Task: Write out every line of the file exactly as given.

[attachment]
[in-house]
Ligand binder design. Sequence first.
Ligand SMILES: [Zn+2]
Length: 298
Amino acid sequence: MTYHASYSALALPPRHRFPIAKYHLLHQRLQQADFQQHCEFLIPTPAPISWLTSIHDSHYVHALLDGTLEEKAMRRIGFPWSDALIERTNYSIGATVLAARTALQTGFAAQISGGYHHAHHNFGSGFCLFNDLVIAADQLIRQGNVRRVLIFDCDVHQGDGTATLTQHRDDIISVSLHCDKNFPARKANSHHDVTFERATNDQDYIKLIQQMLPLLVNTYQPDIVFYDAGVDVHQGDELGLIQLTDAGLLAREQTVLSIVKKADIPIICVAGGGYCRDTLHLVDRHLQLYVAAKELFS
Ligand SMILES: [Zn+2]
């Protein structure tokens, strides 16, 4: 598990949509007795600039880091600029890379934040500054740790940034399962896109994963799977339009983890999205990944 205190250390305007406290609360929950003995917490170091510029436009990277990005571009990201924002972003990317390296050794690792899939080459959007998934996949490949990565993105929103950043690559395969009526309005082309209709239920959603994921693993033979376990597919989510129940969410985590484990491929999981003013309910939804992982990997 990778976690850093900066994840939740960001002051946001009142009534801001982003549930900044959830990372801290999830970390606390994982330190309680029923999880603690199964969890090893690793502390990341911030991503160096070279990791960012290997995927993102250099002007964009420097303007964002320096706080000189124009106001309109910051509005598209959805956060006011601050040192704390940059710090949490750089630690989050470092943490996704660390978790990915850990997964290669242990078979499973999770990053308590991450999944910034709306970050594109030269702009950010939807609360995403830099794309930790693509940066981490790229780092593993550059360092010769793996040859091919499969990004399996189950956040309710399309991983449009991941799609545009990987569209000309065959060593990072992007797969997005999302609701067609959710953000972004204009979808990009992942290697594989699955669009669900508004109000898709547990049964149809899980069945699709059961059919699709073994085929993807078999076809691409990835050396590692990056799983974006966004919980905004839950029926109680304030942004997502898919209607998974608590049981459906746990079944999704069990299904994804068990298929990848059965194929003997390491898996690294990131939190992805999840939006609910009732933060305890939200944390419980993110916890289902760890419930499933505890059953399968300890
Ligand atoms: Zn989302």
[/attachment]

[in-house]
Ligand binder design. Sequence first.
Ligand SMILES: [Zn+2]
Length: 298
Amino acid sequence: MTYHASYSALALPPRHRFPIAKYHLLHQRLQQADFQQHCEFLIPTPAPISWLTSIHDSHYVHALLDGTLEEKAMRRIGFPWSDALIERTNYSIGATVLAARTALQTGFAAQISGGYHHAHHNFGSGFCLFNDLVIAADQLIRQGNVRRVLIFDCDVHQGDGTATLTQHRDDIISVSLHCDKNFPARKANSHHDVTFERATNDQDYIKLIQQMLPLLVNTYQPDIVFYDAGVDVHQGDELGLIQLTDAGLLAREQTVLSIVKKADIPIICVAGGGYCRDTLHLVDRHLQLYVAAKELFS
Ligand SMILES: [Zn+2]
């Protein structure tokens, strides 16, 4: 598990949509007795600039880091600029890379934040500054740790940034399962896109994963799977339009983890999205990944 205190250390305007406290609360929950003995917490170091510029436009990277990005571009990201924002972003990317390296050794690792899939080459959007998934996949490949990565993105929103950043690559395969009526309005082309209709239920959603994921693993033979376990597919989510129940969410985590484990491929999981003013309910939804992982990997 990778976690850093900066994840939740960001002051946001009142009534801001982003549930900044959830990372801290999830970390606390994982330190309680029923999880603690199964969890090893690793502390990341911030991503160096070279990791960012290997995927993102250099002007964009420097303007964002320096706080000189124009106001309109910051509005598209959805956060006011601050040192704390940059710090949490750089630690989050470092943490996704660390978790990915850990997964290669242990078979499973999770990053308590991450999944910034709306970050594109030269702009950010939807609360995403830099794309930790693509940066981490790229780092593993550059360092010769793996040859091919499969990004399996189950956040309710399309991983449009991941799609545009990987569209000309065959060593990072992007797969997005999302609701067609959710953000972004204009979808990009992942290697594989699955669009669900508004109000898709547990049964149809899980069945699709059961059919699709073994085929993807078999076809691409990835050396590692990056799983974006966004919980905004839950029926109680304030942004997502898919209607998974608590049981459906746990079944999704069990299904994804068990298929990848059965194929003997390491898996690294990131939190992805999840939006609910009732933060305890939200944390419980993110916890289902760890419930499933505890059953399968300890
Ligand atoms: Zn989302």